Not every piece of writing is meant to be reworked. Sometimes our writing offers us the chance to clear our heads and in doing so, we clear our creative psyches.  Fresh ideas, characters, and themes can emerge from this process. Learn to let go a bit. As you revisit your first drafts, you are bound to discover lines and moments that are worthy of further rewrites. But know that it is ok to sometimes just leave a piece of writing alone, to keep it as is and move on.

Are you too hard on yourself?
Do you place unreasonable expectations on your writing before you have even written one word? Or, do you kindly wait until you are midway through a piece before bombarding yourself with inner critical comments that may do more to retard your writing than to promote it?  I believe that every writer has an inner critic who needs, at times to be kept at bay, especially when a first draft is underway. Other times, that critical voice is what is needed to help us further work a piece. The key is knowing when to encourage and when to silence your inner critic.

Are you ready to make a change?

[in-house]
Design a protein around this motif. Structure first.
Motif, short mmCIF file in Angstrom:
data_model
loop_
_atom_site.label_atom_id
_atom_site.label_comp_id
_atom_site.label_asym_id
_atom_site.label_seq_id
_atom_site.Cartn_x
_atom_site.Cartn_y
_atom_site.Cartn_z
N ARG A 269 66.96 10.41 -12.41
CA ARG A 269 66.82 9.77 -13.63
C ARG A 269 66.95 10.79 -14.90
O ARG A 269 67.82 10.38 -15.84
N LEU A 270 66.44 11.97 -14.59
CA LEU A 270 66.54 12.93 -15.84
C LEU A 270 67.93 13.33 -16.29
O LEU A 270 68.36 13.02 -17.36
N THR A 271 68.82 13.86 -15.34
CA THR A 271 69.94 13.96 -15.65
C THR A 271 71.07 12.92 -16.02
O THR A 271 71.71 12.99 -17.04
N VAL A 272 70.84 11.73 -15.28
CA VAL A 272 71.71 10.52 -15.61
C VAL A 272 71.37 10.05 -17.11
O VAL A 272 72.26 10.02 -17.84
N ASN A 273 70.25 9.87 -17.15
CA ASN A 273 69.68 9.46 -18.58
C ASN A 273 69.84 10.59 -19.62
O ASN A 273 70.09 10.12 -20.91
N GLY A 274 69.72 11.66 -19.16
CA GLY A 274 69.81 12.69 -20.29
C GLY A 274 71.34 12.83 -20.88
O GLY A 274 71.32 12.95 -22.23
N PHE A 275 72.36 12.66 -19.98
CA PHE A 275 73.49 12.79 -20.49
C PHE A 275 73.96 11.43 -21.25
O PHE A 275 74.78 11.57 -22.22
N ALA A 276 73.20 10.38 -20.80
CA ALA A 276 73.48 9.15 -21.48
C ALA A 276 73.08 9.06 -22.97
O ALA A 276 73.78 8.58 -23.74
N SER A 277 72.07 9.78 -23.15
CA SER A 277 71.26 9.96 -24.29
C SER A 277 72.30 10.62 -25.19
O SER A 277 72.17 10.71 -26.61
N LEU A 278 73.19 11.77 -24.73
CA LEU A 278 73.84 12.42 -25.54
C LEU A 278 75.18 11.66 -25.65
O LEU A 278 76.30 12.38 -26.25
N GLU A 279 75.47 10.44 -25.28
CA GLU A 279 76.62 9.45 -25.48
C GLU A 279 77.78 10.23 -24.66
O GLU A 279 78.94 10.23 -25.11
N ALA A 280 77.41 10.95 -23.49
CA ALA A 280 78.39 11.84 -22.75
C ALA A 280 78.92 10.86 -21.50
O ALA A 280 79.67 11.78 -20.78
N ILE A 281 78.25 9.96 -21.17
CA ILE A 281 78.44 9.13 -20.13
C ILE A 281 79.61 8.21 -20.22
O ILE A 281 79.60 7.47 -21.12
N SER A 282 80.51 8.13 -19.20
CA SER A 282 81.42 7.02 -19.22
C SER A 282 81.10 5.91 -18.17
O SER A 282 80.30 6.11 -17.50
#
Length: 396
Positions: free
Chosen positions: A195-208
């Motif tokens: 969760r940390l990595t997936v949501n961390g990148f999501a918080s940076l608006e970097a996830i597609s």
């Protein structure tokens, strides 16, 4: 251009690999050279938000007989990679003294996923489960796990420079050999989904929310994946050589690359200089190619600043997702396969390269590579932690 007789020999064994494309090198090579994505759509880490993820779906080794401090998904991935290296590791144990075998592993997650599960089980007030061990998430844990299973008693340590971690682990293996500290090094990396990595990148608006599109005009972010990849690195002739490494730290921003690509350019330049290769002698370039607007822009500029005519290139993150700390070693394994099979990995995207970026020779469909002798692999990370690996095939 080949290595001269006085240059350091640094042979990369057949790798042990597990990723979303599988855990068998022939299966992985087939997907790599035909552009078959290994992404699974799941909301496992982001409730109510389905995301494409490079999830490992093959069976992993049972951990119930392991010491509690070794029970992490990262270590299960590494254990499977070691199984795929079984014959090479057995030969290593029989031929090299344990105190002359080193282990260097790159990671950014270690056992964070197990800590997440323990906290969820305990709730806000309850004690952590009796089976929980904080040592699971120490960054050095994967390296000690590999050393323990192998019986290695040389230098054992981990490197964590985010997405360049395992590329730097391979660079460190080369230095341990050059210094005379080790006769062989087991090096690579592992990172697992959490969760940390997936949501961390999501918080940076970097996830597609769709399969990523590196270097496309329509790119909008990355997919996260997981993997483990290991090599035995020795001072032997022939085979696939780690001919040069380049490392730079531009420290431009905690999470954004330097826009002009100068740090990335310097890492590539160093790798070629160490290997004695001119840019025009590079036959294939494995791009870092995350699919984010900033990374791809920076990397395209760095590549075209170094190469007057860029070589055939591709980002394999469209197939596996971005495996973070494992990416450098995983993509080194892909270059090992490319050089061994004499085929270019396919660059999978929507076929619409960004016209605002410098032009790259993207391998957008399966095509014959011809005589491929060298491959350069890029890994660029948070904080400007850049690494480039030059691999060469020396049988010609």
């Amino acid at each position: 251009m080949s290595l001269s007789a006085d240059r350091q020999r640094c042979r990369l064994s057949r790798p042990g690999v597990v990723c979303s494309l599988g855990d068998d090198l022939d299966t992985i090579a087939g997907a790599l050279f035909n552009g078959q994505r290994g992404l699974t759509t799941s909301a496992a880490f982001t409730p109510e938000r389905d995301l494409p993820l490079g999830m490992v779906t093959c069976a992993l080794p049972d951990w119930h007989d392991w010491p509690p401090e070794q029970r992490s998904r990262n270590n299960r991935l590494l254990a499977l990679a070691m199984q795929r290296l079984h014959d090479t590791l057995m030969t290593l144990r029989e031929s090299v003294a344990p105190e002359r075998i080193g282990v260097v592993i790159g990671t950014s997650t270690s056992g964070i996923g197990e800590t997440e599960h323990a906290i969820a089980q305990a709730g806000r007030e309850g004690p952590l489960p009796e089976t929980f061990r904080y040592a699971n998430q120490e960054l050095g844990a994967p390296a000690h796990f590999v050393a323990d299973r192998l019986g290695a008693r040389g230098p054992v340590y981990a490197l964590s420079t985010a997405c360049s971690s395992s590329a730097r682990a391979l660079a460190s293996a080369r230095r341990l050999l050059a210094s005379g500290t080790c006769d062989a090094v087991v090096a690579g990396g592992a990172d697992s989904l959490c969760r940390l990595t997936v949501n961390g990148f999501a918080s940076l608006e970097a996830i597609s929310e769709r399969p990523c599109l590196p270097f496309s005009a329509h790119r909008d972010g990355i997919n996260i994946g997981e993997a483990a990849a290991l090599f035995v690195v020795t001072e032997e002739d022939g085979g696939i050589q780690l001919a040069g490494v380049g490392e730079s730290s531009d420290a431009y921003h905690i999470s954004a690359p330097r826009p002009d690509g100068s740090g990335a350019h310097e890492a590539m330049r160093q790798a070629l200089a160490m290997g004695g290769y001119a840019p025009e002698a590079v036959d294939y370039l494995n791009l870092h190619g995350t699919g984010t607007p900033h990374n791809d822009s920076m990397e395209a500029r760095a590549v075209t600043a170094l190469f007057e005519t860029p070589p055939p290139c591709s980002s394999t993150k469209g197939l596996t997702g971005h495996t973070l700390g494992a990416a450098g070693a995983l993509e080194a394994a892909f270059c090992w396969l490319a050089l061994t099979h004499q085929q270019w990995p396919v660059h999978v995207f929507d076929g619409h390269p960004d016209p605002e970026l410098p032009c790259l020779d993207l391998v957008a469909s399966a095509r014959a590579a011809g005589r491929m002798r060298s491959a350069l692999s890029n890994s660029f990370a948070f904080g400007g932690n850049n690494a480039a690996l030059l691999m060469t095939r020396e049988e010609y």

Change can either be daunting or it can be reinvigorating.  Life is full of change. That’s a fact. Yet, isn’t it easier when we are the ones instigating the change? Making changes to your writing practice is something over which you have control. We still have several weeks to go before winter officially arrives. Take advantage of this autumnal transitional phase to reevaluate your writing practice. Be like the seasons and let go of what is no longer working and retain what is.

Look at the this reevaluation period as an investment in your creativity, yourself, and your writing.  

~Judith Lagana



 
 
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Judith Lagana is the founder and co-editor of River Heron Review.
Visit her on
Instagram. Twitter, and her web site.